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my inclinations are fixed on another-my heart is engaged to an angel.

Sir Anth. Then pray let it send an excuse. It is very sorry-but business prevents its waiting on her.

Abs. But my vows are pledged to her,

Sir Anth. Let her foreclose, Jack; let her foreclose; they are not worth redeeming; besides, you have the angel's vows in exchange, I suppose; so there can be no loss there.

Abs. You must excuse me, sir, if I tell you, once for all, that in this point I cannot obey you.

Sir Anth. Hark’ee, Jack ;-I have heard you for some time with patience—I have been cool --quite cool; but take care—you know I am compliance itself-when I am not thwarted ;no one more easily led—when I have my own way ;-but don't put me in a frenzy.

Abs. Sir, I must repeat it—in this I cannot obey you.

Sir Anth. Now damn me! if ever I call you Jack again while I live!

Abs. Nay, sir, but hear me.

Sir Anth. I won't hear a word--not a word ! not one word ! so give me your promise by a nod—and I'll tell you what, Jack-I mean, you dog—if you don't, by--

Abs. What, sir, promise to link myself to some mass of ugliness! to-

Sir Anth. Zounds! sirrah! the lady shall be as ugly, as I choose: she shall have a hump on

each shoulder; she shall be as crooked as the crescent; her one eye shall roll like the bull's in Cox's Museum; she shall have a skin like a mummy, and the beard of a Jew—she shall be all this, sirrah !—yet I will make you ogle her all day, and sit up all night to write sonnets on her beauty.

Abs. This is reason and moderation indeed !

Sir Anth. None of your sneering, puppy! no grinning, jackanapes !

Abs. Indeed, sir, I never was in a worse humor for mirth in my life.

Sir Anth. 'Tis false, sir, I kno' you are laughing in your sleeve; I know you'll grin when I am gone, sirrah!

Abs. Sir, I hope I know my duty better.

Sir Anth. None of your passion, sir! none of your violence, if you please !--It won't do with me, I promise you.

Abs. Indeed, sir, I never was cooler in my life.

Sir Anth. 'Tis a confounded lie-I know you are in a passion in your heart; I know you are, you hypocritical young dog! but it won't do.

Abs. Nay, sir, upon my word

Sir Anth. So you will fly out! can't you be cool like me? What the devil can passion do? -Passion is of no service, you impudent, insolent, overbearing reprobate !—There, you sneer again! don't provoke me!—but you rely upon the mildness of my temper—you do, you dog! you play upon the meekness of my disposition !-Yet take care---the patience of a saint may be overcome at last !--but mark! I give you six hours and a half to consider of this: if you then agree, without any condition, to do everything on earth that I choose, why-confound you! I may in time forgive you.—If not, zounds! don't enter the same hemisphere with me! don't dare to breathe the same air, or use the same light with me; but get an atmosphere and a sun of your own! I'll strip you of your commission; I'll lodge a five-and-threepence in the hands of trustees, and you shall live on the interest.—I'll disown you, I'll disinherit you, I'll unget you! and damn me! if ever I call you Jack again !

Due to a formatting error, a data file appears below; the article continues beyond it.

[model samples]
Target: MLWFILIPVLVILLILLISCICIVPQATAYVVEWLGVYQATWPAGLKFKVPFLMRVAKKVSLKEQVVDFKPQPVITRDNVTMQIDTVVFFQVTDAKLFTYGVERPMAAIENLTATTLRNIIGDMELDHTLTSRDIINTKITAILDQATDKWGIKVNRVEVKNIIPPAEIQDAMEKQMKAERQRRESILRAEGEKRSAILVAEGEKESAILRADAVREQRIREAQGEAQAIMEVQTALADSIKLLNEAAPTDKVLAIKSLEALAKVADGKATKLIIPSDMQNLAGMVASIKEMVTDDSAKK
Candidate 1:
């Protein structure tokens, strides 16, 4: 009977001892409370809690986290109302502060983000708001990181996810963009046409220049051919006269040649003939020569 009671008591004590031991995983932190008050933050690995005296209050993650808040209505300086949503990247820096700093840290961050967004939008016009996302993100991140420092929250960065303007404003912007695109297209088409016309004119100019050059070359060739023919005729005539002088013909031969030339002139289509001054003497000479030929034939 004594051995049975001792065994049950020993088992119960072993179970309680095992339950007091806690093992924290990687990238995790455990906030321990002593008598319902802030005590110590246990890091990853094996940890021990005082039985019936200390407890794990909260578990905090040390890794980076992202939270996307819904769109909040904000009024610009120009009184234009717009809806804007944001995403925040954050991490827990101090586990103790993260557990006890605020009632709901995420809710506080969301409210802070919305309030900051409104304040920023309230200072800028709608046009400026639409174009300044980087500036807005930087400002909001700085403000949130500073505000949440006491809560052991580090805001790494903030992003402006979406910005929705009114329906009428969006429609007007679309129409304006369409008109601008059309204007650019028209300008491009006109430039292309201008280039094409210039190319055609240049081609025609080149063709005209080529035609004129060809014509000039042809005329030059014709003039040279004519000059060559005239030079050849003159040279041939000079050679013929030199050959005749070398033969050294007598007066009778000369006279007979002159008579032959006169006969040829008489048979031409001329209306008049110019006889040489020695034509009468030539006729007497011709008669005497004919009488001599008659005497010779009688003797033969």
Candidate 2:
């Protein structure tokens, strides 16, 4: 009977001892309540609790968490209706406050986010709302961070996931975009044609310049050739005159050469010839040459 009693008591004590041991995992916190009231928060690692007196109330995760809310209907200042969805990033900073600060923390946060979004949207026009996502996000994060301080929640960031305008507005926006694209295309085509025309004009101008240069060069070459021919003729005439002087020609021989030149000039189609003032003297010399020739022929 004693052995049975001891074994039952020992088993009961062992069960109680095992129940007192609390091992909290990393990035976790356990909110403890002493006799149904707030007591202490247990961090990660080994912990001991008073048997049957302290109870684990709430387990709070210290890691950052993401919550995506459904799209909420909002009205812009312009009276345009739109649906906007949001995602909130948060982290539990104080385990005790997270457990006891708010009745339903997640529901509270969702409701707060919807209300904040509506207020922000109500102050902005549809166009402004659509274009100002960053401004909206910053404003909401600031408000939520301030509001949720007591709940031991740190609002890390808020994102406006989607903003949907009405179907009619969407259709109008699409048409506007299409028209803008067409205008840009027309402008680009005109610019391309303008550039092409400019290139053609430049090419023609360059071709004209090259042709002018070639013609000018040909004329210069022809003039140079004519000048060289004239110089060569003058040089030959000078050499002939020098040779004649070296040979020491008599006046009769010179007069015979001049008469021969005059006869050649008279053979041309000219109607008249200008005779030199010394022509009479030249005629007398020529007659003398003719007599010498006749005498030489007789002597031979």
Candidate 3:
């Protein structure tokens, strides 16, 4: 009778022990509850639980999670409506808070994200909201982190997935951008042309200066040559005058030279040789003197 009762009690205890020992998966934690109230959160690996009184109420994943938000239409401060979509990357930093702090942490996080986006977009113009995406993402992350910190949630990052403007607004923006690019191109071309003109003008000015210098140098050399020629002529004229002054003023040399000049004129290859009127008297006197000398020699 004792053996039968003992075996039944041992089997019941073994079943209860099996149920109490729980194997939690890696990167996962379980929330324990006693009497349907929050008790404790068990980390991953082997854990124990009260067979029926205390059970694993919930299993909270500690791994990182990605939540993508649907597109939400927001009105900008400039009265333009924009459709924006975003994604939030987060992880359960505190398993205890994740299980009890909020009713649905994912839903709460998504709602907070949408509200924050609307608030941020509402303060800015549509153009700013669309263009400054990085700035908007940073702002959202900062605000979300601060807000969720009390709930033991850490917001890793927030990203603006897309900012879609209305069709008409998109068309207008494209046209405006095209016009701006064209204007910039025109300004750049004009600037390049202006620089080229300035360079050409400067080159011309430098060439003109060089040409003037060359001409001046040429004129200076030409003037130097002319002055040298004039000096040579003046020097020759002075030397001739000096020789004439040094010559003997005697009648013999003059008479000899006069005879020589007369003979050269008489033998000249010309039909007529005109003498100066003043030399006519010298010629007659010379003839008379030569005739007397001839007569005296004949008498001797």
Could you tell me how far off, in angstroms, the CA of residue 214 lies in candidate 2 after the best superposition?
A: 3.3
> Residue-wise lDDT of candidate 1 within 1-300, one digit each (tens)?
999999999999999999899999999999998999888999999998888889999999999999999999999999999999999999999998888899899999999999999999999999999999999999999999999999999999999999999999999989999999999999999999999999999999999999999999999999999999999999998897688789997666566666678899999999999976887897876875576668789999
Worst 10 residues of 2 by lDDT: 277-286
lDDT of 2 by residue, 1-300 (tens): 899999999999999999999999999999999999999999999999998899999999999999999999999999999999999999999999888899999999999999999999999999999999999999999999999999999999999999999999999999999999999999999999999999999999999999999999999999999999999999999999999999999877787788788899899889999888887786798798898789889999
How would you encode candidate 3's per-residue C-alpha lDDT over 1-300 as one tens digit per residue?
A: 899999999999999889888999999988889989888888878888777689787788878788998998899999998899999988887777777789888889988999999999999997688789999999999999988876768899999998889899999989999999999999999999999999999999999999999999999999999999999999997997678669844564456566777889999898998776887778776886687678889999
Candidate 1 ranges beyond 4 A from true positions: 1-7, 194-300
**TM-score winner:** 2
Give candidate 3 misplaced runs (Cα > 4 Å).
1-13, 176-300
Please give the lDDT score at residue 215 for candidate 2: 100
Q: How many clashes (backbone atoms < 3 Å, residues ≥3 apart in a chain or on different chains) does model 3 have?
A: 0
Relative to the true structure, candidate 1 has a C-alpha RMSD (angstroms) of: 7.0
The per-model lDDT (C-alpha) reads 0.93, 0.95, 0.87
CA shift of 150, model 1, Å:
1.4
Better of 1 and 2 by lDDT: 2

Erit Abs. Mild, gentle, considerate father, I kiss your hands.

BOB ACRES' VALOR.

THE RIVALS.-ACT V.

SCENE III.

Enter Sir Lucius O’TRIGGER and ACRES, with

pistols.

Acres. By my valor! then, Sir Lucius, forty yards is a good distance. Odds levels and aims !-I say it is a good distance.

Sir Luc. Is it for muskets or small fieldpieces? Upon my conscience, Mr. Acres, you must leave those things to me.-Stay nowI'll show you.—[ Measures paces along the stage.] There now, that is a very pretty distance--a pretty gentleman's distance.

Acres. Zounds! we might as wel! fight in a sentry-box! I tell you, Sir Lucius, the farther he is off, the cooler I shall take my aim.

Sir Luc. Faith! then I suppose you would aim at him best of all if he was out of sight!

Acres. No, Sir Lucius; but I should think forty or eight and thirty yards

Sir Luc. Pho! phe ! nonsense! three or four feet between the mouths of your pistols is as good as a mile. Acres, Odds bullets, no !--by my valor! there is no merit in killing him so near: do, my dear Sir Lucius, let me bring him down at a long shot:—a long shot, Sir Lucius, if you love me.

Sir Luc. Well, the gentleman's friend and I must settle that.—But tell me now, Mr. Acres, in case of an accident, is there any little will or commission I could execute for you?

Acres. I am much obliged to you, Sir Lucius —but I don't understand

Sir Luc. Why, you may think there's no being shot at without a little risk --and if an unlucky bullet should carry a quietus with it -I say it will be no time then to be bothering you about family matters.

Acres. A quietus !

Sir Luc. For instance, now if that should be the case—would you choose to be pickled and sent home ?—or would it be the same to you to lie here in the Abbey ?—I'm told there is very snug lying in the Abbey.

Acres. Pickled !-Snug lying in the Abbey ! -Odds tremors! Sir Lucius, don't talk so!

Sir Luc. I suppose, Mr. Acres, you never were engaged in an affair of this kind before ?

Acres. No, Sir Lucius, never before.

Sir Luc. Ah! that's a pity !—there's nothing like being used to a thing.–Pray now, how would you receive the gentleman's shot?

Acres. Odds files !—I've practiced thatthere, Sir Lucius—there.--[Puts himself in an attitude.] A side-front, hey? Odd! I'll make myself small enough: I'll stand edgeways.

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